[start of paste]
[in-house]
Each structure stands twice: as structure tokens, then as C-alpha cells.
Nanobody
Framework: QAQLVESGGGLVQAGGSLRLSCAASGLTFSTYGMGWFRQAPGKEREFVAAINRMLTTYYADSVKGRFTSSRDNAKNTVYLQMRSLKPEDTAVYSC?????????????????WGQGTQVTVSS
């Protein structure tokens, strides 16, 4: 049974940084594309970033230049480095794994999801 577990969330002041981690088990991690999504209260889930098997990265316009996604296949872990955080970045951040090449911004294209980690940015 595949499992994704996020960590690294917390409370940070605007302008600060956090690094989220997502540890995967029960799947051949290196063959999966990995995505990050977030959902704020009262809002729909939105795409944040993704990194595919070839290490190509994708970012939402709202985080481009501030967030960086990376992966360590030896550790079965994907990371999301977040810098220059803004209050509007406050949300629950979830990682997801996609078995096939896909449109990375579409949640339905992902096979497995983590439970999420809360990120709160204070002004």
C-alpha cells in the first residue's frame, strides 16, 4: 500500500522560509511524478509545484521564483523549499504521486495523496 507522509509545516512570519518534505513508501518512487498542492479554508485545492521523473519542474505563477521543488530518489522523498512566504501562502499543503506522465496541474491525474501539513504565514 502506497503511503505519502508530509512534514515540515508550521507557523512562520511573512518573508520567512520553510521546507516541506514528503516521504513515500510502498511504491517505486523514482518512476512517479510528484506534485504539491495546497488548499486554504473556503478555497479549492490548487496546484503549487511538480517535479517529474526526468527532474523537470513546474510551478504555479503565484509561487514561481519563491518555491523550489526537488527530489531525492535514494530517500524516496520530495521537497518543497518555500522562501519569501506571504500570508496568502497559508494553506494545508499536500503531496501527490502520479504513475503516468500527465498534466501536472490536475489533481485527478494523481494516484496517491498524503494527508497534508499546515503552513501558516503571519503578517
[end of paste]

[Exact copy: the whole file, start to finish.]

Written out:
[in-house]
Each structure stands twice: as structure tokens, then as C-alpha cells.
Nanobody
Framework: QAQLVESGGGLVQAGGSLRLSCAASGLTFSTYGMGWFRQAPGKEREFVAAINRMLTTYYADSVKGRFTSSRDNAKNTVYLQMRSLKPEDTAVYSC?????????????????WGQGTQVTVSS
């Protein structure tokens, strides 16, 4: 049974940084594309970033230049480095794994999801 577990969330002041981690088990991690999504209260889930098997990265316009996604296949872990955080970045951040090449911004294209980690940015 595949499992994704996020960590690294917390409370940070605007302008600060956090690094989220997502540890995967029960799947051949290196063959999966990995995505990050977030959902704020009262809002729909939105795409944040993704990194595919070839290490190509994708970012939402709202985080481009501030967030960086990376992966360590030896550790079965994907990371999301977040810098220059803004209050509007406050949300629950979830990682997801996609078995096939896909449109990375579409949640339905992902096979497995983590439970999420809360990120709160204070002004």
C-alpha cells in the first residue's frame, strides 16, 4: 500500500522560509511524478509545484521564483523549499504521486495523496 507522509509545516512570519518534505513508501518512487498542492479554508485545492521523473519542474505563477521543488530518489522523498512566504501562502499543503506522465496541474491525474501539513504565514 502506497503511503505519502508530509512534514515540515508550521507557523512562520511573512518573508520567512520553510521546507516541506514528503516521504513515500510502498511504491517505486523514482518512476512517479510528484506534485504539491495546497488548499486554504473556503478555497479549492490548487496546484503549487511538480517535479517529474526526468527532474523537470513546474510551478504555479503565484509561487514561481519563491518555491523550489526537488527530489531525492535514494530517500524516496520530495521537497518543497518555500522562501519569501506571504500570508496568502497559508494553506494545508499536500503531496501527490502520479504513475503516468500527465498534466501536472490536475489533481485527478494523481494516484496517491498524503494527508497534508499546515503552513501558516503571519503578517